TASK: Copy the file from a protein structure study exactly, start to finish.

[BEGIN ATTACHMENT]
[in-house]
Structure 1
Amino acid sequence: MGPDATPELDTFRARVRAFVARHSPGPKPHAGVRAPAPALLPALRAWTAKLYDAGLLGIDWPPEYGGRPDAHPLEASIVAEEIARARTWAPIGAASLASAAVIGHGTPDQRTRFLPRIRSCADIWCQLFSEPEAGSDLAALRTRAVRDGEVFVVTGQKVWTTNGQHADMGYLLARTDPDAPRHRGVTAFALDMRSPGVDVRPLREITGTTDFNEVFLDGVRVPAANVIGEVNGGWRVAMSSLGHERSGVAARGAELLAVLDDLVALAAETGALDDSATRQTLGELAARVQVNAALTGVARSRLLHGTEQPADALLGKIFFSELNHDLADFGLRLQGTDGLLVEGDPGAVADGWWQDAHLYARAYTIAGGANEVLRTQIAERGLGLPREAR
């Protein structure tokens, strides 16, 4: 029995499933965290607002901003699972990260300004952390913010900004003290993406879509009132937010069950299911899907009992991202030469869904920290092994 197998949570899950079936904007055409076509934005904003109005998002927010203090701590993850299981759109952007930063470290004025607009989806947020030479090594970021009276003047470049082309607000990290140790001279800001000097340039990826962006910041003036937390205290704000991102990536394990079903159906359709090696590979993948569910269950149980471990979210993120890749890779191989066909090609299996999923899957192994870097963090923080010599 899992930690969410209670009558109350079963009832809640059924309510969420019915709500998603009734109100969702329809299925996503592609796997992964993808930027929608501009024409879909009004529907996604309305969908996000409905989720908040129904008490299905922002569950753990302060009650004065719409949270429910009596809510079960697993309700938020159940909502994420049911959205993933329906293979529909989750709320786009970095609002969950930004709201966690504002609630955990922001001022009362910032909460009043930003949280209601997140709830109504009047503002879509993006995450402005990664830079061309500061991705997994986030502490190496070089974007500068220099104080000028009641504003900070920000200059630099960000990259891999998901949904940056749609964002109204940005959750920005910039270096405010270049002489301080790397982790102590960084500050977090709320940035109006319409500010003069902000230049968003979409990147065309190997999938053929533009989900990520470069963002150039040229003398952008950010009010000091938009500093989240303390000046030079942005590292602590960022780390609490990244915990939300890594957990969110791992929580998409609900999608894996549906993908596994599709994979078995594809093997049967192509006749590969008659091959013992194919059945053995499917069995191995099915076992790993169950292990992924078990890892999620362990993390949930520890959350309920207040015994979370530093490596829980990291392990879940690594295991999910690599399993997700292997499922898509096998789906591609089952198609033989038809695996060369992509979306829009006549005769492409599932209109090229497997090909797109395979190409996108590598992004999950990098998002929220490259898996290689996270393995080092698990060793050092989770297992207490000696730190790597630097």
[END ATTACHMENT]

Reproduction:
[in-house]
Structure 1
Amino acid sequence: MGPDATPELDTFRARVRAFVARHSPGPKPHAGVRAPAPALLPALRAWTAKLYDAGLLGIDWPPEYGGRPDAHPLEASIVAEEIARARTWAPIGAASLASAAVIGHGTPDQRTRFLPRIRSCADIWCQLFSEPEAGSDLAALRTRAVRDGEVFVVTGQKVWTTNGQHADMGYLLARTDPDAPRHRGVTAFALDMRSPGVDVRPLREITGTTDFNEVFLDGVRVPAANVIGEVNGGWRVAMSSLGHERSGVAARGAELLAVLDDLVALAAETGALDDSATRQTLGELAARVQVNAALTGVARSRLLHGTEQPADALLGKIFFSELNHDLADFGLRLQGTDGLLVEGDPGAVADGWWQDAHLYARAYTIAGGANEVLRTQIAERGLGLPREAR
């Protein structure tokens, strides 16, 4: 029995499933965290607002901003699972990260300004952390913010900004003290993406879509009132937010069950299911899907009992991202030469869904920290092994 197998949570899950079936904007055409076509934005904003109005998002927010203090701590993850299981759109952007930063470290004025607009989806947020030479090594970021009276003047470049082309607000990290140790001279800001000097340039990826962006910041003036937390205290704000991102990536394990079903159906359709090696590979993948569910269950149980471990979210993120890749890779191989066909090609299996999923899957192994870097963090923080010599 899992930690969410209670009558109350079963009832809640059924309510969420019915709500998603009734109100969702329809299925996503592609796997992964993808930027929608501009024409879909009004529907996604309305969908996000409905989720908040129904008490299905922002569950753990302060009650004065719409949270429910009596809510079960697993309700938020159940909502994420049911959205993933329906293979529909989750709320786009970095609002969950930004709201966690504002609630955990922001001022009362910032909460009043930003949280209601997140709830109504009047503002879509993006995450402005990664830079061309500061991705997994986030502490190496070089974007500068220099104080000028009641504003900070920000200059630099960000990259891999998901949904940056749609964002109204940005959750920005910039270096405010270049002489301080790397982790102590960084500050977090709320940035109006319409500010003069902000230049968003979409990147065309190997999938053929533009989900990520470069963002150039040229003398952008950010009010000091938009500093989240303390000046030079942005590292602590960022780390609490990244915990939300890594957990969110791992929580998409609900999608894996549906993908596994599709994979078995594809093997049967192509006749590969008659091959013992194919059945053995499917069995191995099915076992790993169950292990992924078990890892999620362990993390949930520890959350309920207040015994979370530093490596829980990291392990879940690594295991999910690599399993997700292997499922898509096998789906591609089952198609033989038809695996060369992509979306829009006549005769492409599932209109090229497997090909797109395979190409996108590598992004999950990098998002929220490259898996290689996270393995080092698990060793050092989770297992207490000696730190790597630097």